Miss B’Kind Club

The American Anti-Vivisection Society (AAVS) is based in Pennsylvania and has been fighting against experimentation on animals since 1883. Humane Education has been an important part of their advocacy efforts since the late 19th century. The Miss B’Kind Animal Protection Club was started by the secretary of the AAVS, Nina Halvey, in 1927 and was an extension of the AAVS’s mission, but with a special focus on humane education. The Miss B’Kind  Club’s motto was “I will be kind to animals now and when I grow up.” Halvey adopted the nickname “Miss B’Kind” when she gave lectures and addresses in the schools.

Below is an ink blotter produced by the Miss B’Kind Animal Protection Club. Blotters were an inexpensive item for groups such as the AAVS to produce. They served a practical function in that they were a necessary part of writing with pen and ink until the invention of the ballpoint pen, but beyond that, they were a form of advertising and promotion. In this example, information about The Miss B’Kind Animal Protection Club was provided, including the address and contact information.

The image on the left hand side of the blotter shows a water fountain where horses, dogs, and other animals could come and quench their thirst. These kinds of fountains became increasingly common in cities that had active animal advocacy groups and became part of the urban landscape in the early 20th century. The act of providing fresh drinking water for animals, of course, had very practical function, but it also stood as a very visible and public monument to the broader spirit of compassion for all species and, as such, is a particularly appropriate visual image to be included on this item.

Miss B’Kind Club Blotter, c.1930s-1940s. Collection of National Museum of Animals & Society.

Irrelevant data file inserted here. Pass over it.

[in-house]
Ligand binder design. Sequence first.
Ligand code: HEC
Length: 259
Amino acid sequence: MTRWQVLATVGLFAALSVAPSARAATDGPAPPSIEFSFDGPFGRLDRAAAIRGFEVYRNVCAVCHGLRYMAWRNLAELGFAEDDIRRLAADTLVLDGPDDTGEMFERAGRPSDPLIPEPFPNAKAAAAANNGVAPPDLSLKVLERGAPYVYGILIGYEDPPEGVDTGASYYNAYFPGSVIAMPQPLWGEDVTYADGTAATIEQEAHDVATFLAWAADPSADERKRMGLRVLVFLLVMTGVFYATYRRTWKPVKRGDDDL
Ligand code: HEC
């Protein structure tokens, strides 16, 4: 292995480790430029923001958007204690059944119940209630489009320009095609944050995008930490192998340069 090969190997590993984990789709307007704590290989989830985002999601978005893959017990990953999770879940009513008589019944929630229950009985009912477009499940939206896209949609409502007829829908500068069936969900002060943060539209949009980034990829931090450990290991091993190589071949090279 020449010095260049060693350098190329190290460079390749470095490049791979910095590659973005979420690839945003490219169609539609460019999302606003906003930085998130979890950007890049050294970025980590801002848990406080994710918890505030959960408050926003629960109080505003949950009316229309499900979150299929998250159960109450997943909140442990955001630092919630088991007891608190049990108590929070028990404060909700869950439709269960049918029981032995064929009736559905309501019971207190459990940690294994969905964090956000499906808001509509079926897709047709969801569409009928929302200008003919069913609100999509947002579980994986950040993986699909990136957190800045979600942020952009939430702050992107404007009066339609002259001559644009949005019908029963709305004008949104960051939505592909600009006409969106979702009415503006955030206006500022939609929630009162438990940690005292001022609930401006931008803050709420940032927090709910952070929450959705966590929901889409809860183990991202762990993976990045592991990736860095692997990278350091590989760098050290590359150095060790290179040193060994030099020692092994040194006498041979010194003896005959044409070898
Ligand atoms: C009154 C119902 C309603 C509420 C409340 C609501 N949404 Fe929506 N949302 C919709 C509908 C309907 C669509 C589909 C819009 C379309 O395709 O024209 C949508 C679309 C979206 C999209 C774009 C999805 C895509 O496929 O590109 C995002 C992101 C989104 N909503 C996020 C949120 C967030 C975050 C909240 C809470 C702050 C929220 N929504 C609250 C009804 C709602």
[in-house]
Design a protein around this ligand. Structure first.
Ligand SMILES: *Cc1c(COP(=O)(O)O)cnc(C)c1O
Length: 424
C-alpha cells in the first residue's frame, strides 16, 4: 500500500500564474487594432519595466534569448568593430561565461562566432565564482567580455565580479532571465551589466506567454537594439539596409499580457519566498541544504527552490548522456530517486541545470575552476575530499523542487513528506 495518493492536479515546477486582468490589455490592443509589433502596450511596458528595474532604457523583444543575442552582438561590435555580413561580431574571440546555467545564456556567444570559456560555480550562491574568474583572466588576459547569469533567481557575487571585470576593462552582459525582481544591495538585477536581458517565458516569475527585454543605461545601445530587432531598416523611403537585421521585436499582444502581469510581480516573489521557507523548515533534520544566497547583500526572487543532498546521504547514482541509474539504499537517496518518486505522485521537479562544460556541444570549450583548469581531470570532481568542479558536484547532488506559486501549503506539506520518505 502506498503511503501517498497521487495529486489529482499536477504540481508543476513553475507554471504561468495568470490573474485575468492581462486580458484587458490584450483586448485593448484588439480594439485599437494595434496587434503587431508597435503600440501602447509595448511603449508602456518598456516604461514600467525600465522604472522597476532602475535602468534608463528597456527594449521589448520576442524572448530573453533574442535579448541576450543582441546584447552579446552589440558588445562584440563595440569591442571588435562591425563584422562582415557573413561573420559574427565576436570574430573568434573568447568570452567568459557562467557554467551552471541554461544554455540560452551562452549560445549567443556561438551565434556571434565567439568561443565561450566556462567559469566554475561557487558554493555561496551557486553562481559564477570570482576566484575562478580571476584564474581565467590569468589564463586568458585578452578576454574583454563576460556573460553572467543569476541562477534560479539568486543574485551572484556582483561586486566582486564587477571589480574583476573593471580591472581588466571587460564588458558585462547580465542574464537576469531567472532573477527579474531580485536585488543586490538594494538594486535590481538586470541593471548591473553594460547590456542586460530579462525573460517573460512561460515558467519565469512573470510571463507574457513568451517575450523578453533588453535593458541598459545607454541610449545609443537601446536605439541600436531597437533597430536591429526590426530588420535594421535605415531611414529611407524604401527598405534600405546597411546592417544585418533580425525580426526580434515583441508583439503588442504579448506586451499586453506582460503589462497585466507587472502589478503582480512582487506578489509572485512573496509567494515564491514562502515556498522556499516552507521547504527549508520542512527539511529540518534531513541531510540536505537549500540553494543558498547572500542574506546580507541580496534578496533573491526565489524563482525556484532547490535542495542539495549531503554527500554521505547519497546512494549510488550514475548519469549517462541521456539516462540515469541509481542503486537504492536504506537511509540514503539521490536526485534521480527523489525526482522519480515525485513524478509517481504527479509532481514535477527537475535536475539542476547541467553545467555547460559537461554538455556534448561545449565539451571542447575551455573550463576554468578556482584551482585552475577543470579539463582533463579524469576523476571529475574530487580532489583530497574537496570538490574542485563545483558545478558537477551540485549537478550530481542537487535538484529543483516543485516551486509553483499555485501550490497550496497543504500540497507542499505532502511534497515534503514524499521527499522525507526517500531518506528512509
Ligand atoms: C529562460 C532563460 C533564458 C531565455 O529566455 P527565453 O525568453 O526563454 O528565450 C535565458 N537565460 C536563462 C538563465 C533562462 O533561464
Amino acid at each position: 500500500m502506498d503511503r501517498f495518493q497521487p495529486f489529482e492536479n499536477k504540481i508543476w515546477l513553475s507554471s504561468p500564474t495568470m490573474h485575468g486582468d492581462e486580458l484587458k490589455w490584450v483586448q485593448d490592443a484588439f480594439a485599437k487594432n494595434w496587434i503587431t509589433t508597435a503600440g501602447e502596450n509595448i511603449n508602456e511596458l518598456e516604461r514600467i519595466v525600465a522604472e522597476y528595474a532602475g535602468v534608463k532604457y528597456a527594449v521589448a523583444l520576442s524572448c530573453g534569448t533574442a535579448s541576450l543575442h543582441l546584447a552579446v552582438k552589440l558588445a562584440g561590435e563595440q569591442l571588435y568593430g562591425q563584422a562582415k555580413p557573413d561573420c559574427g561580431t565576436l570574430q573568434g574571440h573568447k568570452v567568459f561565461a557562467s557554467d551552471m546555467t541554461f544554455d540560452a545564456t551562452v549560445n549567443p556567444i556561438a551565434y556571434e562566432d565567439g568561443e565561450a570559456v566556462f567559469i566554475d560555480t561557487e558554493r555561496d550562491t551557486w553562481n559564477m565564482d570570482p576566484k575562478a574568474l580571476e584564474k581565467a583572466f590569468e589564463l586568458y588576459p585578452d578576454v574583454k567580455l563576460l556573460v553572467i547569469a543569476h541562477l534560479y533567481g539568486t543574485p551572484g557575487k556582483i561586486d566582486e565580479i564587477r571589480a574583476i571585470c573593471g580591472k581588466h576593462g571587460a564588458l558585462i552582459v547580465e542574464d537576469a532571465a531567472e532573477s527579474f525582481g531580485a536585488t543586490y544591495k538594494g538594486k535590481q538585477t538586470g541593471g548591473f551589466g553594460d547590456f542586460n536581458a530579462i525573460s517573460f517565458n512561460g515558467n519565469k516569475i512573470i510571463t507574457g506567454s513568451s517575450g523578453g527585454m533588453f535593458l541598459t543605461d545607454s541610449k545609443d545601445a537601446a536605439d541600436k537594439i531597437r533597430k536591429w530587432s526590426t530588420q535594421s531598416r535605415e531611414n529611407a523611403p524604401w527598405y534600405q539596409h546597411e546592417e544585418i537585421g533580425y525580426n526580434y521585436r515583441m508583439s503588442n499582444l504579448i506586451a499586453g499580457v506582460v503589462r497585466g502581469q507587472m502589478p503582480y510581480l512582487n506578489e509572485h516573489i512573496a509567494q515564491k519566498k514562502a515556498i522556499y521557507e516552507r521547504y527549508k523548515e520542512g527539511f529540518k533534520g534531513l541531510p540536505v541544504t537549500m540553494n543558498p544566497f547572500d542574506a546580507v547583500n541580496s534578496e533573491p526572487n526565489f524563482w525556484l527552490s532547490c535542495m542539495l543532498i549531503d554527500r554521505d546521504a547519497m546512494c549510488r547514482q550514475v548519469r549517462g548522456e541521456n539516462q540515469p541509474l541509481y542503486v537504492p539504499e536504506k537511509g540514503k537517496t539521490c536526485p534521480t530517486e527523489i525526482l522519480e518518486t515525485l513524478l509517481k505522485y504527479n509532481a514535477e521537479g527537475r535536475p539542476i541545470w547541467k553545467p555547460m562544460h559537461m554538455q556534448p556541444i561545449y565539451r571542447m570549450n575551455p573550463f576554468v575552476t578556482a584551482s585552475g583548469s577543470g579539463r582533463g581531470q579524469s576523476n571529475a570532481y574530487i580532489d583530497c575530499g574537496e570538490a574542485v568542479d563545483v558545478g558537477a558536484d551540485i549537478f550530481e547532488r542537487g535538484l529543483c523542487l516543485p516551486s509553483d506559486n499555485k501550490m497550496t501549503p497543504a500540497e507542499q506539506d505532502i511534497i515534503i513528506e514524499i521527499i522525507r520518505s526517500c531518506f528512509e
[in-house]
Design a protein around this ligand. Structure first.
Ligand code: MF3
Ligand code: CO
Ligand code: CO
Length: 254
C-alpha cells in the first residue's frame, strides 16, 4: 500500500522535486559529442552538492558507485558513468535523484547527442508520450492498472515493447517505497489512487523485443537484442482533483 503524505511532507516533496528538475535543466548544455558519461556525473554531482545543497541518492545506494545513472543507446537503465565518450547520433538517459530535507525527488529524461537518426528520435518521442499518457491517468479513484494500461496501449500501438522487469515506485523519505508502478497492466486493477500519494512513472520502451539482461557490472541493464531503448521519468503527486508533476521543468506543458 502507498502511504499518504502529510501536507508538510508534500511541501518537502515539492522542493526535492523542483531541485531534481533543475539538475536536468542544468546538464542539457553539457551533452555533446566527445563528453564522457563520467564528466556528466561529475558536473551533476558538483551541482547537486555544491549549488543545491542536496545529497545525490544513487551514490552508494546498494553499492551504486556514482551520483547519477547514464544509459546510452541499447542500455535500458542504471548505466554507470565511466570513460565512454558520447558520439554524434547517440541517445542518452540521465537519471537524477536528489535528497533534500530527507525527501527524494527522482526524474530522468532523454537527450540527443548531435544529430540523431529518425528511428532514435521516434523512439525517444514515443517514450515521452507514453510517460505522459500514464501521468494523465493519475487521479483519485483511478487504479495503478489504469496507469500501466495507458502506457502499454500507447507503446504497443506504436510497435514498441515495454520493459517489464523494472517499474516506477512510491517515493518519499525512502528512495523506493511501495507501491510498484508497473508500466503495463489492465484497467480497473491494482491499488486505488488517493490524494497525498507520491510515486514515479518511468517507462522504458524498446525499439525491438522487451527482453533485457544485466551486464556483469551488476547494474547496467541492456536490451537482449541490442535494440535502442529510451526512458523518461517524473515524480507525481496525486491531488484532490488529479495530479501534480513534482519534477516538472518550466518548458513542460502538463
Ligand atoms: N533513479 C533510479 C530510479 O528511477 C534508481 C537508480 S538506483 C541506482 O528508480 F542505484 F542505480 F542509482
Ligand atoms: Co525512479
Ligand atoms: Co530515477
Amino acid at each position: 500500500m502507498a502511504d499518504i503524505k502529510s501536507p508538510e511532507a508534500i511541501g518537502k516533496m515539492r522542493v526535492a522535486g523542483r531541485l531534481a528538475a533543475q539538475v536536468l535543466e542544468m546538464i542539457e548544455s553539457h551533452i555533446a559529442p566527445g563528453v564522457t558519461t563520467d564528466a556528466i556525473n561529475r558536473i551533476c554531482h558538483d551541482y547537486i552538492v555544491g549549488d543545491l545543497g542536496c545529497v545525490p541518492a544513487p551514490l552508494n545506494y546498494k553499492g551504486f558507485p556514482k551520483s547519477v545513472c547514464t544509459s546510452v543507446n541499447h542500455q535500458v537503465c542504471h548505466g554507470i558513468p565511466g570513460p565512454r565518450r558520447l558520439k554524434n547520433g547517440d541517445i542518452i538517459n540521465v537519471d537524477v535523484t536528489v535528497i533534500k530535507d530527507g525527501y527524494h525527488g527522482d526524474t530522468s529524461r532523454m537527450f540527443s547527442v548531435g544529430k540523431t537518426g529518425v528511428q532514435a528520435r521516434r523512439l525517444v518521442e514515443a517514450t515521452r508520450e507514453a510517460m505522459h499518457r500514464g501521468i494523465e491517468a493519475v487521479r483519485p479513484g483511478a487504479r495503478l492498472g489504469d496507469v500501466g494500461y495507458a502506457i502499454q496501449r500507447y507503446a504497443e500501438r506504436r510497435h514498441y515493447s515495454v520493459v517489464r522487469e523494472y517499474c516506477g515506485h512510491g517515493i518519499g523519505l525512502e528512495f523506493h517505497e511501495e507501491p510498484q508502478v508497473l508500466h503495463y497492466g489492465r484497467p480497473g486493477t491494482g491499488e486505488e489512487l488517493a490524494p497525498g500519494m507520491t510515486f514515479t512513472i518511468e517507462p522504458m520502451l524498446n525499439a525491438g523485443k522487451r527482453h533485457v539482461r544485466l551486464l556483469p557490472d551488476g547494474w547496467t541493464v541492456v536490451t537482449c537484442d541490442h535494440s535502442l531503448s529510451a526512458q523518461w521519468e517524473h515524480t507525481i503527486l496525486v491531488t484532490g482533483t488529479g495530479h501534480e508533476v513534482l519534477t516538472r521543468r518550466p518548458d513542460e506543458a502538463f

At the top of the blotter is “MISS B’KIND’S WARNING,” cautioning against selling or giving a pet cat or dog to someone who would then turn around and use the animal for vivisection. Similar warnings were issued by other Anti-Vivisection groups, including the British Union for the Abolition of Vivisection.

British Union for the Abolition of Vivisection postcard. Collection of Hilda Kean.

The Miss B’Kind Club spread to other locations, including Hollywood, California where Frances X. Kadow and Pauline Hoffman formed one in conjunction with the Humane Education Club of Los Angeles.

Pauline Hoffman (Miss B’Kind, Hollywood, California) poses with two young children. Photograph published in Our Dumb Animals, July 1934. Collection of MSPCA Angell.

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  1. Plus ca change, plus c’est la meme chose…

  2. Meg Halvey Gingell says:

    I am interested in learning all I can about the Miss B’Kind Club. My full name is Margaret M. Halvey Gingell. Nina Halvey was my great aunt. Nina’s mother, my great grandmother Margaret M. Brophy Halvey was also a recognized leader in the Anti Vivisection movement. I have heard stories, but I’d like to know more.

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